Here an example of a postpartum transition based on the 100+ breastfeeding moms I've worked with:


Cycle 1: 38 days (Peak: Day 32)

Cycle 2: 36 days (Peak: Day 30)

Cycle 3: 36 days (Peak: Day 28)

Cycle 4: 35 days (Peak: Day 25)

Cycle 5: 34 days (Peak: Day 21)

Cycle 6: 31 days (Peak: Day 19)

Cycle 7: 30 days (Peak: Day 17)


Note: These post-peak phases look (and are) very short! But they’re also part of an expected and anticipated transition. Most women transition through and back to regular cycles with healthy luteal phases.


NO ONE told me this after my first son. I thought, “Fertile signs around day 15. Sweet, that’s normal for me! Day 25 rolls around, yeah we are good to go!” Then BAM! Day 29 ovulation.

Now I understand this is TEXTBOOK for the early postpartum transition.


Finally, after about 6 postpartum cycles, things should be settling back in to a semi—predictable pattern.


This post is not intended, nor is it sufficient, to substitute for working with a qualified NFP instructor. Some women have an pretty “normal” peak day with a 12-14 day luteal phase in their first postpartum cycle— and working with an instructor will help you navigate wherever you fall on the postpartum spectrum. Of any NFP season, breastfeeding may be the most important one to work with an instructor if you are trying to avoid pregnancy.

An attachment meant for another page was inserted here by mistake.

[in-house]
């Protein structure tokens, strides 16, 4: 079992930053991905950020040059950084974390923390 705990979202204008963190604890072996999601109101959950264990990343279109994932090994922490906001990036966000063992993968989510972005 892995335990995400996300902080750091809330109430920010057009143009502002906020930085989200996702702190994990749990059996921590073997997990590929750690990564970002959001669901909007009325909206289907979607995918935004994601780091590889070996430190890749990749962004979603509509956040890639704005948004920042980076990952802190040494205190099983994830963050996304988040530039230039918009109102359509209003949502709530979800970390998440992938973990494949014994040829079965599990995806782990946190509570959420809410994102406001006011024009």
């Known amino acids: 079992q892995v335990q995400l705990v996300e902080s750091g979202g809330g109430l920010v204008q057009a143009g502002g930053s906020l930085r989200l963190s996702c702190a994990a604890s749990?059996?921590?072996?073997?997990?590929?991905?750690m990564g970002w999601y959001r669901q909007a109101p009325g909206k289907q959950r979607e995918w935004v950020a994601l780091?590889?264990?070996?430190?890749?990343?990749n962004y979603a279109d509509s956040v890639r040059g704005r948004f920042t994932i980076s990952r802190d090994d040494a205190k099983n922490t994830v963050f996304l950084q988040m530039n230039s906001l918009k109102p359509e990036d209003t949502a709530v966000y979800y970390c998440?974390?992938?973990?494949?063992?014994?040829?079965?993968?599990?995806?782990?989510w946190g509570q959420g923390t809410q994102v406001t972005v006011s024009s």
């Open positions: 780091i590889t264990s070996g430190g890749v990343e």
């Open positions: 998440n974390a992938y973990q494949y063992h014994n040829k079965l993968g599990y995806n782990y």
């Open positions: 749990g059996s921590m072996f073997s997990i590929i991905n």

I have quickly learned how many women (myself included) have no clue what to make of postpartum fertility signs. Many women assume they are confused because of sleep deprivation or lack of attention paid to fertility markers when holding a baby and peeing at the same time. (Don’t act surprised. You know you’ve done it, too.) You aren’t crazy. Or incapable of understanding your fertility.


Postpartum breastfeeding fertility is a new ballgame. Still totally manageable with NFP, just with some new rules and a gameplan specific to postpartum fertility.